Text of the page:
The cp command in Linux is used to copy files and directories.
$cp [OPTION]... SOURCE...Directory
The SOURCE here means all the files that you want to copy and the last argument must be a Directory where you want to copy the files
$cp notes.txt D1
will copy the file notes.txt to directory D1.
$cp notes.txt read.c write.c /home/baljit/D2
will copy the files notes.txt, read.c and write.c to directory D2 which is inside /home/baljit directory.
Note: You can copy multiple files at the same time to a Directory but you can not copy single file to multiple Directories at the same time.
Options used with cp command in Linux
1. To copy data and attributes
-a: option not only copies data but also the file attributes. By default the timestamp (in the destination directory) changes to current time when you copy a file. But with -a option it remains the same. For example
Check the timestamp of file f1 before copying. Then it is copied to directory Copy2 using -a option. Now, the file f1 in directory Copy2 also has the same timestamp.
2. Creating a backup file
-b: option creates a backup file in the destination directory. This happens only if a file with the same name is already in the destination directory. One can identify the backup file with the tilde(~) symbol.
3. Prompt before overwrite
-i: option gives a prompt in case a file with the same name already exists in the destination directory. For example:
Since, f1 already exists in D2, so when we use cp with -i option to copy file f1 again into D2 the system prompts a message to confirm the overwrite. Now if you are sure you want to overwrite then press ‘y’ else ‘n’ and then ‘enter’ key.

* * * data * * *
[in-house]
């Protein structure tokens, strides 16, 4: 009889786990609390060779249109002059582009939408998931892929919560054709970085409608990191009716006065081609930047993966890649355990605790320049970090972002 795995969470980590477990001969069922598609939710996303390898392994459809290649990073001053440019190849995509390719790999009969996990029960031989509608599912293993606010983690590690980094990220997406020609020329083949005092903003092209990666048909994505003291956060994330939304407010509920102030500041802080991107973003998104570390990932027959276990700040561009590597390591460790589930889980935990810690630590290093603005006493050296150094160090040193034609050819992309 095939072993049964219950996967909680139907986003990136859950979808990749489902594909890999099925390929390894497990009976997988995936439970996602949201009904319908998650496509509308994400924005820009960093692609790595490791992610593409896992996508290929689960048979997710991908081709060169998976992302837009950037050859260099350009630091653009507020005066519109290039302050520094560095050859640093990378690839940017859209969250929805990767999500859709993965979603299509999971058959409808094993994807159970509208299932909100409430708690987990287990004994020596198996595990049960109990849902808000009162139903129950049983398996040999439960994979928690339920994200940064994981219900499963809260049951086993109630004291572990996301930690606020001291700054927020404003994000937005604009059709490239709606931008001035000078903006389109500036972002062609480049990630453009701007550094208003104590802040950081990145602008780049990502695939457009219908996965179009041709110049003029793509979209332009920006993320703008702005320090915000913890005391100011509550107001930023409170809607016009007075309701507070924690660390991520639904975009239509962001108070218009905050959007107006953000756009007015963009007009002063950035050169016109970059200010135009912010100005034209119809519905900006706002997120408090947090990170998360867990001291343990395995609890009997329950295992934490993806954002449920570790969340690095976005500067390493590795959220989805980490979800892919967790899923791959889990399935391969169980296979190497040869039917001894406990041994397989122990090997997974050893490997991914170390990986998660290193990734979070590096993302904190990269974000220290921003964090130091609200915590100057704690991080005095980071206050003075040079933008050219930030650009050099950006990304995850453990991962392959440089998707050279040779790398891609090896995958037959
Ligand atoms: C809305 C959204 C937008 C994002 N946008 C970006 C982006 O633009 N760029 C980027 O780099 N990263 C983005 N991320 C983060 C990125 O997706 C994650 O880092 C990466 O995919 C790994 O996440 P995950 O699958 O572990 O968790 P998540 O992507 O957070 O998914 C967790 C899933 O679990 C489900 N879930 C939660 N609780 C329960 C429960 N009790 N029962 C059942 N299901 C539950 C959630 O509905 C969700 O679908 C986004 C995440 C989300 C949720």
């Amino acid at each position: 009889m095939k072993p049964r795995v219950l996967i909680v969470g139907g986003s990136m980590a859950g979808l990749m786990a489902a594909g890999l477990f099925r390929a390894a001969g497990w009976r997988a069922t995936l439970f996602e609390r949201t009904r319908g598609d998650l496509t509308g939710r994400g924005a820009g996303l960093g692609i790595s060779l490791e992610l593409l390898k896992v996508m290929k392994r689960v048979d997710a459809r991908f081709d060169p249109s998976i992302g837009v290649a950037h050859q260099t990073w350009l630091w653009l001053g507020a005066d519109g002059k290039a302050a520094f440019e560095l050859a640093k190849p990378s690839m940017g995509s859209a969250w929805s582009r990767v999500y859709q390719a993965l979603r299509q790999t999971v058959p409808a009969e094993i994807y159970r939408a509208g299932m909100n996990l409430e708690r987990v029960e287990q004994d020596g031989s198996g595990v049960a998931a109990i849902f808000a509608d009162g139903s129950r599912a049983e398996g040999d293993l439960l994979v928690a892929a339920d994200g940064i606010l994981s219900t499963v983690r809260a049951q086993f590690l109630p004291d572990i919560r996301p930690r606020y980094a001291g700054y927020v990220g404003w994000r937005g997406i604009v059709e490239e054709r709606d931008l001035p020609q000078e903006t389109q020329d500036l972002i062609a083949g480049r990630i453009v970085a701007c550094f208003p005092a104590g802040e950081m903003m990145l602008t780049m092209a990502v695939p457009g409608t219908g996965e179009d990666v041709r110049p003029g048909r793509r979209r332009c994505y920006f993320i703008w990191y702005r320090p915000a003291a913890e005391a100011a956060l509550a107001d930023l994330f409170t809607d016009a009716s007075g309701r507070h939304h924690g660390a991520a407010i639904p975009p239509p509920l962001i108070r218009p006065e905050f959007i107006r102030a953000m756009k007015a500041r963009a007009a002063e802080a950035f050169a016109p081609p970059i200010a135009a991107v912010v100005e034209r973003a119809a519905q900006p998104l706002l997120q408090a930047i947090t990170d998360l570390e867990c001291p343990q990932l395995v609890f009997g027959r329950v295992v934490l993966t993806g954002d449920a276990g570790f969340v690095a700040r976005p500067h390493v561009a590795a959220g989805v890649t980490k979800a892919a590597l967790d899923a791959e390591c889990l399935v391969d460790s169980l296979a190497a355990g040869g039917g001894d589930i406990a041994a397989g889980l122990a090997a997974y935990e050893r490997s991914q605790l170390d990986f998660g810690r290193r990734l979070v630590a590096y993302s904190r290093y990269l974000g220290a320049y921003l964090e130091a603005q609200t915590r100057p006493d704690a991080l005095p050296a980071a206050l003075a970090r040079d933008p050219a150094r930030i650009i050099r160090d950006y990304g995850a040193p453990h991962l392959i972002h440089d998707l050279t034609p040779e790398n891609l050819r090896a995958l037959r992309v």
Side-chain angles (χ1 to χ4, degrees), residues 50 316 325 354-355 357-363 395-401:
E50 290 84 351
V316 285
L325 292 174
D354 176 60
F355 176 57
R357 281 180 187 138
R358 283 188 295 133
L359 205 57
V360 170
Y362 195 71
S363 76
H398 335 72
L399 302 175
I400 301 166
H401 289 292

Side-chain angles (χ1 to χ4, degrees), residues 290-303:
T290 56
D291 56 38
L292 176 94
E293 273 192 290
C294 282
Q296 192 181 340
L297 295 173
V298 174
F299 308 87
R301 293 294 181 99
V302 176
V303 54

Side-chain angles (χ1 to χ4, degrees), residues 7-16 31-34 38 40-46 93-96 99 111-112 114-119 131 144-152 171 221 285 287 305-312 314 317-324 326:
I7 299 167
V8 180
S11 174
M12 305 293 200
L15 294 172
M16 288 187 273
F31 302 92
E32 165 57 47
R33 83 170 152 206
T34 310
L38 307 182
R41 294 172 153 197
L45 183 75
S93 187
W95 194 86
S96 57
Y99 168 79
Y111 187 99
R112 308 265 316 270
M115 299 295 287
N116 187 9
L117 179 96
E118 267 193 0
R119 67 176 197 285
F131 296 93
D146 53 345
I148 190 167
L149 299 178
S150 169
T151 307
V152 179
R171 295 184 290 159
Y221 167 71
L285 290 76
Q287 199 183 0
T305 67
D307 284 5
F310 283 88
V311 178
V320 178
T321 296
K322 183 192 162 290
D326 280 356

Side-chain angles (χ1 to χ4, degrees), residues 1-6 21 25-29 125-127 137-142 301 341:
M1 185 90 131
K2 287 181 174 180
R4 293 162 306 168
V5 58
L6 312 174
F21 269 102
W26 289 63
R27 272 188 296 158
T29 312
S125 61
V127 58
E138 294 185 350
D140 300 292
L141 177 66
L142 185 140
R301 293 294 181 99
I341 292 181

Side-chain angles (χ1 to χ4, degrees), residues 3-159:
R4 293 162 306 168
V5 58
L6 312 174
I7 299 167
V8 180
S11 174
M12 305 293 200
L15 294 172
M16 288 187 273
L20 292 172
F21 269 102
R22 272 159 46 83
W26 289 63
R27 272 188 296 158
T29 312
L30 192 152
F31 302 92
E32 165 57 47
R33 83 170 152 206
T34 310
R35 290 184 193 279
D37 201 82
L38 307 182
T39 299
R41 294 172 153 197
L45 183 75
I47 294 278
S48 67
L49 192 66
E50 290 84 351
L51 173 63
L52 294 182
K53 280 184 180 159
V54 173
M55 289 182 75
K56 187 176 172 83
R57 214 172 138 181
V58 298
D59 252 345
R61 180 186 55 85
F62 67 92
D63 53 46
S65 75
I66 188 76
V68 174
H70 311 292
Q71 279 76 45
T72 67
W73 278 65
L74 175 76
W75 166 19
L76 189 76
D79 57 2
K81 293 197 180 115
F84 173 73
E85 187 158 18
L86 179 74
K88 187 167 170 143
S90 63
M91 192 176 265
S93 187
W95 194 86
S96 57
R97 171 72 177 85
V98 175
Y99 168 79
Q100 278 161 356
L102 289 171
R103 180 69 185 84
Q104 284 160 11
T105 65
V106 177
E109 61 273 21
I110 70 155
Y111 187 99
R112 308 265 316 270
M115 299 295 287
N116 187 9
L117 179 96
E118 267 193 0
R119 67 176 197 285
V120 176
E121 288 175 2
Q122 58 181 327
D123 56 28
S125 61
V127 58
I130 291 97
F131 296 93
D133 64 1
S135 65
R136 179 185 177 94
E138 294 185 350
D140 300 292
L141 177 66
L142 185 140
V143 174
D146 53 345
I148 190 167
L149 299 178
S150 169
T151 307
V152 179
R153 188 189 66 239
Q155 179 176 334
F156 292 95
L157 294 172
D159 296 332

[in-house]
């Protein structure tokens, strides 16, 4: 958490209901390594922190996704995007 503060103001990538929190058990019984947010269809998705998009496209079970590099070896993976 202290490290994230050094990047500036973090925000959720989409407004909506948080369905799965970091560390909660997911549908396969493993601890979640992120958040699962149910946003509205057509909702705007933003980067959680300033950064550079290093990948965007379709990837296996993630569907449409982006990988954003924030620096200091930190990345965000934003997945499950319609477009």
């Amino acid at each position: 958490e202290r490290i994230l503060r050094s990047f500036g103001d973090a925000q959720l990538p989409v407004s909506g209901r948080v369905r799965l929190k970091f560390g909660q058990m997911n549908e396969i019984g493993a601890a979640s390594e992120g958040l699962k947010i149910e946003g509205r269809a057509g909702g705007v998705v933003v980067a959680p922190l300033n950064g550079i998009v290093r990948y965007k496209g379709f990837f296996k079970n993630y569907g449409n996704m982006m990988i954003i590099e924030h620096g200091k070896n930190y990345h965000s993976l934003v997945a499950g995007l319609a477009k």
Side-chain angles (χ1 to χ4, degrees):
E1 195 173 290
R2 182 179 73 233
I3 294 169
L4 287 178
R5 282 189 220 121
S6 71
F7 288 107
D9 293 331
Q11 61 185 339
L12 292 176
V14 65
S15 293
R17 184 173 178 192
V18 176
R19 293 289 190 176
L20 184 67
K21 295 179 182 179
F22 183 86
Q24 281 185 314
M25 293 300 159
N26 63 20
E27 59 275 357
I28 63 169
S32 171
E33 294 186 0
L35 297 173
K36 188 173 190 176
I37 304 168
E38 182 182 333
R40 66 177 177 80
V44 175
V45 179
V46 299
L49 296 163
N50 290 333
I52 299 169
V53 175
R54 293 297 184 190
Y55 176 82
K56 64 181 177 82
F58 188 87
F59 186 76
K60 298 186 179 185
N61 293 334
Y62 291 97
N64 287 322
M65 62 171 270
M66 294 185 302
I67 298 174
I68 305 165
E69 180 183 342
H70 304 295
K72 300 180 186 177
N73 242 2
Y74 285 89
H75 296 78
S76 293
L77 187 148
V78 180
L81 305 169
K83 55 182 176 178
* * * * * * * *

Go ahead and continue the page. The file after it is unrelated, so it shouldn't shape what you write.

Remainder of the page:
4. Create Hard link
-l: option hard-links the files rather than creating a separate copy in the destination directory. The advantage here is when you update any one of them, the other one automatically gets updated with the same content. To practice it, suppose you want to copy file f1 (which is in your current directory) to any directory you want (suppose D1) write
$cp -l f1 D1
This creates a link of f1 inside directory D1. The link name is same as filename.
5. Do not overwrite existing file
-n: option prevents cp from overwriting a file in the destination directory if a file with the same name already exists.
6. Copy Directories
-r / -R: option is used to copy directories. It recursively copies the entire content of the source directory to the destination directory. For example
$cp -r D1 D2
will copy the directory D1 (along with its contents) to directory D2.
7. Create Symbolic Links
-s: this option creates symbolic links rather than hard links (as with -l option)
8. Specify Destination before Source
-t: option helps to change the order of Source and Destination. For example:
we specify the destination directory D1 before the source file f3.
Practice questions on cp command in Linux
Q1. Copy a file f1 into directory D1 but the name after copying must be changed to new_f1
Q2. As an admin you want to copy a file f1 (created by a different user) into directory D1. Make sure that after copying the ownership of f1 inside D1 does not change.
4 thoughts on “How to copy files using cp command in Linux?”
Hello sir, What will be the answer of practice ques1?
Ques – Copy a file f1 into directory D1 but the name after copying must be changed to new_f1
Ans – $cp f1 D1/new_f1 is right or not.
cp f1 D1/new_f1